April 18, 2018
A recent survey by the National Retail Federation stated that 59% of shoppers planned to shop online this past holiday season. This statistic validates that, for the first time, online is the more popular choice for shoppers. This trend acts as a catalyst for traditional retailers to shift towards offering omni-channel experiences to consumers.
Merchants who have stayed ahead of the curve have adopted various omni-channel experiences that cater to the individual consumer and present a branded experience across all touchpoints. The downside to merchants rushing to deliver a consistent customer “experience” is that they have become vulnerable to increased attacks, greater fraud and the subsequent loss of brand reputation. Two factors accelerating fraud within the omni-channel experience are customer expectations and connected data systems.
The Customer Experience
Today’s customers expect a seamless experience. At their fingertips, customers want to download coupons, check prices and purchase products in store, or via a kiosk, desktop computer, or mobile app. This evolving demand by the consumer is placing the burden on the retailer to deliver near instantaneous approval of an order and test the capability of their fraud solutions. An enterprise fraud solution must have the ability to instantaneously certify the identity of the customer and confirm with a high level of probability that the transaction is legitimate.
Connected Data Systems
Connecting data systems that involve online and brick and mortar transactions is difficult, especially for legacy store fronts. In addition to supporting various transaction types and platforms, retailers must be cognizant of fraud that can exploit when systems are not connected. For instance, the scam buy-online-pick-up-in-store (BOPUS) has gained momentum over the past year. In this scenario, customers order in a card-not-present environment (mobile device, laptop, etc.) and then pick their order up in the store. This scenario exposes a retailer’s backend systems that are not connected, which allows fraudsters to exploit one channel against another. For example, a retailer might be attacked by fraudsters who order merchandise with a stolen credit card online while standing in the store. Once the fraudulent order has been accepted, the fraudster simply picks up the item in store. By the time the retailer realizes that it is a victim of fraud, it is out of the stolen merchandise and having to absorb the charge as a loss.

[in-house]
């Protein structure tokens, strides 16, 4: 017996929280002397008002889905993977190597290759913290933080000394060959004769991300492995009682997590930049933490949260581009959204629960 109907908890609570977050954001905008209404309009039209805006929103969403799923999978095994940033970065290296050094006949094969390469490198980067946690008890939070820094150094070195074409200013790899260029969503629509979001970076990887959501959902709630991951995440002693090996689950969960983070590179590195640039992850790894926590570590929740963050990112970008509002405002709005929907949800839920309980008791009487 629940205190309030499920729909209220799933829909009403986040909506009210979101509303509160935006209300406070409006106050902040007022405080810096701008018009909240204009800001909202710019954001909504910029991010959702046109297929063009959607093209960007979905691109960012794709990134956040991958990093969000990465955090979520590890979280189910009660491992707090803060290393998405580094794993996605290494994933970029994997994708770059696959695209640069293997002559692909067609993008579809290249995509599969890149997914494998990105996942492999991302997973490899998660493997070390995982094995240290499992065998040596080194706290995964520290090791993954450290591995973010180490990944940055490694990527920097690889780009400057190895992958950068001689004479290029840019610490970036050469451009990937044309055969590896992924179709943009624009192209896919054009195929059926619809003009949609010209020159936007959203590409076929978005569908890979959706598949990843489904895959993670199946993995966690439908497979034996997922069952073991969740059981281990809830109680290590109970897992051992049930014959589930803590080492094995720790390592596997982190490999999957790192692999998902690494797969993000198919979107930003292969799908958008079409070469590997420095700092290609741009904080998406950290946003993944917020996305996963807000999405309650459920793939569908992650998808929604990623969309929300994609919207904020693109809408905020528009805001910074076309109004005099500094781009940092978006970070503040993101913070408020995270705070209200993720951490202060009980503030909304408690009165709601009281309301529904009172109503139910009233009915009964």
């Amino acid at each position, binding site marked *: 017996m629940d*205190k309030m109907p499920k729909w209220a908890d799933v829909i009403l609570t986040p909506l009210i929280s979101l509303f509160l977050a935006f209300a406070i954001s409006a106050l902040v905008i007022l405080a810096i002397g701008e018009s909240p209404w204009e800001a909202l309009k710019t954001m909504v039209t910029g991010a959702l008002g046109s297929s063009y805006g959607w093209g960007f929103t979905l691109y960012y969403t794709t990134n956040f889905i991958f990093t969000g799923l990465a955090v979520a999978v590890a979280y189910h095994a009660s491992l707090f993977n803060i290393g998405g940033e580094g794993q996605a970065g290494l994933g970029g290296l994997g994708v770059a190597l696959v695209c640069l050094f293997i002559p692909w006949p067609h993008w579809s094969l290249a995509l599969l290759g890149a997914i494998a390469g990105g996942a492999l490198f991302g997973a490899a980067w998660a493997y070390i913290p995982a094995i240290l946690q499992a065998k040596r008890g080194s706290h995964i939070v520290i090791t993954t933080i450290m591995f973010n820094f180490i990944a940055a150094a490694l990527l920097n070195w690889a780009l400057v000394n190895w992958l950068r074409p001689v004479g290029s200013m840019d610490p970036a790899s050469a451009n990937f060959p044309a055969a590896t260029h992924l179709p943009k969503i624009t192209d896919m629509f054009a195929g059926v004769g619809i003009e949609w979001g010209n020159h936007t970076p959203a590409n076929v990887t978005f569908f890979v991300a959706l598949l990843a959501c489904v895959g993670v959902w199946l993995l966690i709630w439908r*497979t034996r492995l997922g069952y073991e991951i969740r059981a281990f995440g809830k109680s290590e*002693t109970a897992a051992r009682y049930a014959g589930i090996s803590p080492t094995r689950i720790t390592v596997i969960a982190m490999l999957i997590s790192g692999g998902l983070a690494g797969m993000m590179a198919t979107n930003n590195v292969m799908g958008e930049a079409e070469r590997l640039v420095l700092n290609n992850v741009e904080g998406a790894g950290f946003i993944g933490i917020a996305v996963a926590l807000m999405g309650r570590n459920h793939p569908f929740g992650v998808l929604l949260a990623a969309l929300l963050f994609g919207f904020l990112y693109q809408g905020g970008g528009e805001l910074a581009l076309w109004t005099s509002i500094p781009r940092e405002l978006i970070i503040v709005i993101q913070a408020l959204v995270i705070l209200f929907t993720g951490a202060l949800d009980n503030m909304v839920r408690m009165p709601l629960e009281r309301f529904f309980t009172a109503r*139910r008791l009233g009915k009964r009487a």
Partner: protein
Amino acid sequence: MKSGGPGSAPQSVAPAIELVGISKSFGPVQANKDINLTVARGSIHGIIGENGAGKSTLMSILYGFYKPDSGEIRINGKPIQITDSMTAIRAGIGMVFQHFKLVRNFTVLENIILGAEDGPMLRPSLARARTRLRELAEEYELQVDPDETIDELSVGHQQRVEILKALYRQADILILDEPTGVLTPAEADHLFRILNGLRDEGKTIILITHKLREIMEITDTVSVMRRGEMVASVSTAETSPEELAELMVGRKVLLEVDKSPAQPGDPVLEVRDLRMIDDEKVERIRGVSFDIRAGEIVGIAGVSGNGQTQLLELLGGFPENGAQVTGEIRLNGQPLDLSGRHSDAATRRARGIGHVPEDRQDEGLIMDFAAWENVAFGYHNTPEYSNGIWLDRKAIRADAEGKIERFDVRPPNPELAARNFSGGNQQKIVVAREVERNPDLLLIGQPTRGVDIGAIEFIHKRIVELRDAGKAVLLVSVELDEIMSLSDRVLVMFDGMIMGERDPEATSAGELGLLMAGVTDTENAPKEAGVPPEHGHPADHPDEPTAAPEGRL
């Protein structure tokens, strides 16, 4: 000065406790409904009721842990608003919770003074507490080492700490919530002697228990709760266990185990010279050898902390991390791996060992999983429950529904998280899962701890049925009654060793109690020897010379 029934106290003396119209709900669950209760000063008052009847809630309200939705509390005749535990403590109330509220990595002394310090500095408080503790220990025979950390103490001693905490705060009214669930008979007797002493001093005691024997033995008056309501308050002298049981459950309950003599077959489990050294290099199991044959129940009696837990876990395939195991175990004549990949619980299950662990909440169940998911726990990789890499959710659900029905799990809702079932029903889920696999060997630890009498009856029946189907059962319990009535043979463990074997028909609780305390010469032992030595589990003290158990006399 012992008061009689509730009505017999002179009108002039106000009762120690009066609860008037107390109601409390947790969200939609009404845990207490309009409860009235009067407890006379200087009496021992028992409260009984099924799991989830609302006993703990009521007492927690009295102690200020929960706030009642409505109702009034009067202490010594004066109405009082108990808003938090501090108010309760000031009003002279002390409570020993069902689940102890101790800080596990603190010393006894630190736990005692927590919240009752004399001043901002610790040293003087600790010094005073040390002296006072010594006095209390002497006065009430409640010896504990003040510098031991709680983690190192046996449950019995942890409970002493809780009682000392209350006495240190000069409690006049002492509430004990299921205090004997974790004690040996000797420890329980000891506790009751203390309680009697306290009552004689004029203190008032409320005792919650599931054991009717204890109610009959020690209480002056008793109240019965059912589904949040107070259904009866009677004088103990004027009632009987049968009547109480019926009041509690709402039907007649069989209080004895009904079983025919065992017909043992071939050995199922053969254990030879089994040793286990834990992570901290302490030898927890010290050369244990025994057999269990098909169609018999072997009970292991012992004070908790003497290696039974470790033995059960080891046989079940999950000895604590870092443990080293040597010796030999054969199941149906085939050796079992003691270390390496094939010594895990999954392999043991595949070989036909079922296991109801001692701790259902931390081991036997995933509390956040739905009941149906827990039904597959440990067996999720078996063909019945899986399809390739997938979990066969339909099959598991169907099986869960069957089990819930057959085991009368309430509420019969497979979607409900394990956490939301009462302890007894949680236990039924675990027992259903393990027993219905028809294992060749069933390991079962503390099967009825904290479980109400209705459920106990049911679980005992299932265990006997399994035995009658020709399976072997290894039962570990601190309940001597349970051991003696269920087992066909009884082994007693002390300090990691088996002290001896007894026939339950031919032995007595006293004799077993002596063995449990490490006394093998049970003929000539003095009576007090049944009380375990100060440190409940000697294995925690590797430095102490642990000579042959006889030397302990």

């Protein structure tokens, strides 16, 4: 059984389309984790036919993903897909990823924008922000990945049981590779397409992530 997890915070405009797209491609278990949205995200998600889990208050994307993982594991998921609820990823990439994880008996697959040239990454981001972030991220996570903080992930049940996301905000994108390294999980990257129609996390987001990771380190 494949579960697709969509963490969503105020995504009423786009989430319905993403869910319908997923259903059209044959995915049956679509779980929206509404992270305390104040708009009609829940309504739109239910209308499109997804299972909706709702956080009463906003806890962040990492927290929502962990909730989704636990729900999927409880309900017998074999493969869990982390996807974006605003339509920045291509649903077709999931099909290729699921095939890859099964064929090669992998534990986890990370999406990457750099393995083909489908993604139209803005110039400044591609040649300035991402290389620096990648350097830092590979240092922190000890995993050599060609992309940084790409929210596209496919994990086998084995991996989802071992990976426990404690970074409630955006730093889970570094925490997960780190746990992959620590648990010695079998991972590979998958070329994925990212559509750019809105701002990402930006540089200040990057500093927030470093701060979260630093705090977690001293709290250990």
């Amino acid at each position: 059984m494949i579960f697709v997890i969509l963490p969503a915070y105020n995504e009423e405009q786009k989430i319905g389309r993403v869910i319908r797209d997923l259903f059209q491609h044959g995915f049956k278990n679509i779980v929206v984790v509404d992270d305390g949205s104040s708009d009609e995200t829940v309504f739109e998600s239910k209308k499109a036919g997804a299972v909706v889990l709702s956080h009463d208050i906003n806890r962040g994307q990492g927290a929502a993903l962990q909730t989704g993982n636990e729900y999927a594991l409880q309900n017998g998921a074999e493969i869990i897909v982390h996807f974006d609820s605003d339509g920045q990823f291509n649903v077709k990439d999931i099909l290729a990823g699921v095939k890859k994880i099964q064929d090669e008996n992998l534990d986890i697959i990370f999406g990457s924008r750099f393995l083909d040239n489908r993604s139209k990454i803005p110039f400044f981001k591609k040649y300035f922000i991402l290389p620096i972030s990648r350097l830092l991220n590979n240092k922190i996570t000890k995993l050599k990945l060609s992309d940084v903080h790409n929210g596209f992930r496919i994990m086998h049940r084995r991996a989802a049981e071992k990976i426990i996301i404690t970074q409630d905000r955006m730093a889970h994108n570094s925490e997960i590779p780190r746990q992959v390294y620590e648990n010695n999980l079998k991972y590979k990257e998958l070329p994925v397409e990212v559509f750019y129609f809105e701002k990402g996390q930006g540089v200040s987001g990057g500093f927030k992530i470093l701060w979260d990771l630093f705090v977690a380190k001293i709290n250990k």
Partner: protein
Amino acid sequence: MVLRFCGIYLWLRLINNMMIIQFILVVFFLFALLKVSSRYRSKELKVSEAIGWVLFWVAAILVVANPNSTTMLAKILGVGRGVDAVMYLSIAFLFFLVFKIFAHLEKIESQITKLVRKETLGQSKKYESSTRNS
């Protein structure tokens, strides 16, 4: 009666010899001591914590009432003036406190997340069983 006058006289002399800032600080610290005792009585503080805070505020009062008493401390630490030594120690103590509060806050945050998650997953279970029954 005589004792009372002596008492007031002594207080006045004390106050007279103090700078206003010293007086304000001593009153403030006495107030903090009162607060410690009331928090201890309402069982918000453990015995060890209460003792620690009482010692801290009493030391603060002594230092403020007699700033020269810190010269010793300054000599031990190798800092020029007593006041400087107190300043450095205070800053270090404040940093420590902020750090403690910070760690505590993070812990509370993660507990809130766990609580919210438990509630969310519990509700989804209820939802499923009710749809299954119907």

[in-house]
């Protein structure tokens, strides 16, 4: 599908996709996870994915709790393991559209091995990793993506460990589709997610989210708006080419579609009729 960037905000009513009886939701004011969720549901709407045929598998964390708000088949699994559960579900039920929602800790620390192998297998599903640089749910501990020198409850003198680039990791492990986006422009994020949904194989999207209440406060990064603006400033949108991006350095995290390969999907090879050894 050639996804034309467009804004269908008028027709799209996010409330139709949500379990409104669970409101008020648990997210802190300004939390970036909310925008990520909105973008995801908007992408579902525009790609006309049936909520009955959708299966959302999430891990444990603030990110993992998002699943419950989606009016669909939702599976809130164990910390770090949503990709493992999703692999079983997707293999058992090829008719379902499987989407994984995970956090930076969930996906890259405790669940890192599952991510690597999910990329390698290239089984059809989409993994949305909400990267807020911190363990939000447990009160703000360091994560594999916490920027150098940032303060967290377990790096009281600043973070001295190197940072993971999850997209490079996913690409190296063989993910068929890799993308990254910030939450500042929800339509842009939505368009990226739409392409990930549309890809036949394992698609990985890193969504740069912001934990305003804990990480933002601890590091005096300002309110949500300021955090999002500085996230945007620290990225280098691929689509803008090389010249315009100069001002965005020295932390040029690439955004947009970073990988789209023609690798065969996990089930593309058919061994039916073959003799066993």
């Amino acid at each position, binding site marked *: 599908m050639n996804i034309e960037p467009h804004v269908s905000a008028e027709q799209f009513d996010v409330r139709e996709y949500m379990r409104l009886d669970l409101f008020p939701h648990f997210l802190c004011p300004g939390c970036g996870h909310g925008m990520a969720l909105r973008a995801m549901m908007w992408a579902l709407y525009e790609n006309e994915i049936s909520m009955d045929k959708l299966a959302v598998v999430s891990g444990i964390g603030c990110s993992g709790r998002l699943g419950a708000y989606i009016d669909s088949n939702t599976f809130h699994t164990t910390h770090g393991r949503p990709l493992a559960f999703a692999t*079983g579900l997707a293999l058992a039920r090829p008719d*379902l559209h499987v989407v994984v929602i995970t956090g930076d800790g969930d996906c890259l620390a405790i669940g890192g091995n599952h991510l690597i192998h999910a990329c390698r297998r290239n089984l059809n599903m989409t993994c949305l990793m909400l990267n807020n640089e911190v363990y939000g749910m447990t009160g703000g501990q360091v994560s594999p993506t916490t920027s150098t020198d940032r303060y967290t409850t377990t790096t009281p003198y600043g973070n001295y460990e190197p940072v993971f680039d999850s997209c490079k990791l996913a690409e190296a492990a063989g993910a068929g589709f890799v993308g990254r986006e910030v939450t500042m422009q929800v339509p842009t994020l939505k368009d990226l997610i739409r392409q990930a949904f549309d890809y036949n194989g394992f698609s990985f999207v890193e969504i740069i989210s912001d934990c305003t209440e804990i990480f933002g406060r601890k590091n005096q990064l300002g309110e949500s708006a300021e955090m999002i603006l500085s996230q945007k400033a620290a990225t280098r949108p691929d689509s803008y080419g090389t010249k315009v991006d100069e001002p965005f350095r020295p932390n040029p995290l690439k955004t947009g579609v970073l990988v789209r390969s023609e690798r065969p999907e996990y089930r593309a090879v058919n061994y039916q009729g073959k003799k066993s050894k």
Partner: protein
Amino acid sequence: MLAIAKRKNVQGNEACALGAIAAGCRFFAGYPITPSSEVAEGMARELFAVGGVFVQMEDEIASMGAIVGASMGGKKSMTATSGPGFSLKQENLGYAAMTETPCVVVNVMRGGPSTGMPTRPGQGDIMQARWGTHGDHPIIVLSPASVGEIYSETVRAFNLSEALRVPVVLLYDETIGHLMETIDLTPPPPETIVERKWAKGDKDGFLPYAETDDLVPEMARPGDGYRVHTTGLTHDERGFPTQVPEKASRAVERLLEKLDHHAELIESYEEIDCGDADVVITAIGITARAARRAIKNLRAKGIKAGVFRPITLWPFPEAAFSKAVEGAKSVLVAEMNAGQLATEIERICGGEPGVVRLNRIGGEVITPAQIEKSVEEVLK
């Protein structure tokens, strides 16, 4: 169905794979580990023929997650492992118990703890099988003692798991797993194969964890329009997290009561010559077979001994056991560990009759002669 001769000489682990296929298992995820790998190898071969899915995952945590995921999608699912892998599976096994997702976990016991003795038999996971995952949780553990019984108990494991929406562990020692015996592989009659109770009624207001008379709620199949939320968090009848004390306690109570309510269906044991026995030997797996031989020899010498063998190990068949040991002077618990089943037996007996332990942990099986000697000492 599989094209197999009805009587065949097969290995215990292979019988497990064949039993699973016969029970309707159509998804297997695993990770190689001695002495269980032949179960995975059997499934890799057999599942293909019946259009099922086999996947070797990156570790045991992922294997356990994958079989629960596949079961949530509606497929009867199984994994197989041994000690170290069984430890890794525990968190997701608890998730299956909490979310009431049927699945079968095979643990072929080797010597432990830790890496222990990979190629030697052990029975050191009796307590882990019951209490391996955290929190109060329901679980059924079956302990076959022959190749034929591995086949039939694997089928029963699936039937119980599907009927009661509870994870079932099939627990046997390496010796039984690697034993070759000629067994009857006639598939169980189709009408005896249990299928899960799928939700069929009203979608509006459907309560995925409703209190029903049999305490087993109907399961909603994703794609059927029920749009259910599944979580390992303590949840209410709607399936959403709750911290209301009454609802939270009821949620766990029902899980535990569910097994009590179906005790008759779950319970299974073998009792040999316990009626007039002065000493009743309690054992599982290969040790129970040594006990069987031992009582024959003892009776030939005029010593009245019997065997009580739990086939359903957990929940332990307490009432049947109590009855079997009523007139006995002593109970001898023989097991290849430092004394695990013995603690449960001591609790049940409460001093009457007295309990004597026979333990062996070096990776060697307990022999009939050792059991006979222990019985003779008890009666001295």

While there are many hurdles to successfully introducing an omni-channel experience, it is critical that organizations support the customer experience with an enterprise fraud solution and that they shore up the connections between their data systems. Fraudsters don’t comply with any rules and therefore continue to change their tactics and strategies to maximize gains. Retailers need to be cognizant of the evolving threat of fraud and the influence that it has on revenue, resources and brand reputation.
Today, omni-channel is being introduced by the largest retailers that have the resources and budget to support its delivery and maintenance. As technology continues to be developed, omni-channel will become a viable and affordable platform that every retailer will have to embrace. At the center of every omni-channel experience, retailers should begin with fraud to protect their assets and their brand.
To learn more about omni-channel and it’s effect on fraud, download the eBook “Omni-Channel Commerce Means Omni-Fraud”.